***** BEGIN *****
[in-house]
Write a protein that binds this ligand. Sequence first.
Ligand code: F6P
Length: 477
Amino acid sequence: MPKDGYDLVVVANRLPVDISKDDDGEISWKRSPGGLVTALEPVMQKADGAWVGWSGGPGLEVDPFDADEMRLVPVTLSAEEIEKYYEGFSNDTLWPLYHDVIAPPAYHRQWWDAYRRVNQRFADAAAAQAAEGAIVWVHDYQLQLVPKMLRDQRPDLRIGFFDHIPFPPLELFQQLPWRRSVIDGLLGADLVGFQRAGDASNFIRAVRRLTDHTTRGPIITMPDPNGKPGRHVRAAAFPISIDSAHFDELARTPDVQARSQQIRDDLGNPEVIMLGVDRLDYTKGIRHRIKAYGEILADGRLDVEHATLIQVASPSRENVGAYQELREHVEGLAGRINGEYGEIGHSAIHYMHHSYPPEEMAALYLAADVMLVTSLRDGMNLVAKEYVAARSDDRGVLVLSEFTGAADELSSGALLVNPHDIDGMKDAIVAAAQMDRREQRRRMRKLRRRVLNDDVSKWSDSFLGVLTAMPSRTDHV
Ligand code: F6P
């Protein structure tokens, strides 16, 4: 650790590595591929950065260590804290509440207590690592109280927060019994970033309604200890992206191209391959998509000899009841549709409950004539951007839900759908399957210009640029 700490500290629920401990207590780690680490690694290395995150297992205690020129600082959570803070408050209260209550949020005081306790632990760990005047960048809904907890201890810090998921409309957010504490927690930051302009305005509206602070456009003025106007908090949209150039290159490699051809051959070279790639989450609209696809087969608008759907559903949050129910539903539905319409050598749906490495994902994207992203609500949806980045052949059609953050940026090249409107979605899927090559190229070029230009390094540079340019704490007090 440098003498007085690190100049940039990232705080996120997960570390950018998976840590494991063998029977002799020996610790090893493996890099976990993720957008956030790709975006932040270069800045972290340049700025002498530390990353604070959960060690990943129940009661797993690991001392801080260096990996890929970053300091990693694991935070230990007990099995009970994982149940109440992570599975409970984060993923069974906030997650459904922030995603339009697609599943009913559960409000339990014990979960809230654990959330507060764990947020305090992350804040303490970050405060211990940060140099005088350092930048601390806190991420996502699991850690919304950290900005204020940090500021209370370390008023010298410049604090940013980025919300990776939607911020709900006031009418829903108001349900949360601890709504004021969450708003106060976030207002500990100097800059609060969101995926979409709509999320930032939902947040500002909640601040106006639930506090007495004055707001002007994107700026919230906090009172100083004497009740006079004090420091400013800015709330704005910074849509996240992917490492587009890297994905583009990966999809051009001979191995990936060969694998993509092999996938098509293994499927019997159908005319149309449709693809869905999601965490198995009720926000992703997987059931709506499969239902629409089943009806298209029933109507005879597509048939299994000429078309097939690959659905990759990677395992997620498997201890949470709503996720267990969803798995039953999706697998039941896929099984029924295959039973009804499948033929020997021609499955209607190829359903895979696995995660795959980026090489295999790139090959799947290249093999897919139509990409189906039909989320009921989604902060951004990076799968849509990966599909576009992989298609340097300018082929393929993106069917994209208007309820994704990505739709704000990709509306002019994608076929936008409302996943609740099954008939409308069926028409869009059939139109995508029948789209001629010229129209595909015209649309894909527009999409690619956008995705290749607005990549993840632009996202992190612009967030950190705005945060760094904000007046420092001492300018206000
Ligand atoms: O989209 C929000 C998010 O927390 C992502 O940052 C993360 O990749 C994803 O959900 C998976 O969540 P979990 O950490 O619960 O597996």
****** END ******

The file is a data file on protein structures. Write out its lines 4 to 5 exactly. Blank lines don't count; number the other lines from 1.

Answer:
Length: 477
Amino acid sequence: MPKDGYDLVVVANRLPVDISKDDDGEISWKRSPGGLVTALEPVMQKADGAWVGWSGGPGLEVDPFDADEMRLVPVTLSAEEIEKYYEGFSNDTLWPLYHDVIAPPAYHRQWWDAYRRVNQRFADAAAAQAAEGAIVWVHDYQLQLVPKMLRDQRPDLRIGFFDHIPFPPLELFQQLPWRRSVIDGLLGADLVGFQRAGDASNFIRAVRRLTDHTTRGPIITMPDPNGKPGRHVRAAAFPISIDSAHFDELARTPDVQARSQQIRDDLGNPEVIMLGVDRLDYTKGIRHRIKAYGEILADGRLDVEHATLIQVASPSRENVGAYQELREHVEGLAGRINGEYGEIGHSAIHYMHHSYPPEEMAALYLAADVMLVTSLRDGMNLVAKEYVAARSDDRGVLVLSEFTGAADELSSGALLVNPHDIDGMKDAIVAAAQMDRREQRRRMRKLRRRVLNDDVSKWSDSFLGVLTAMPSRTDHV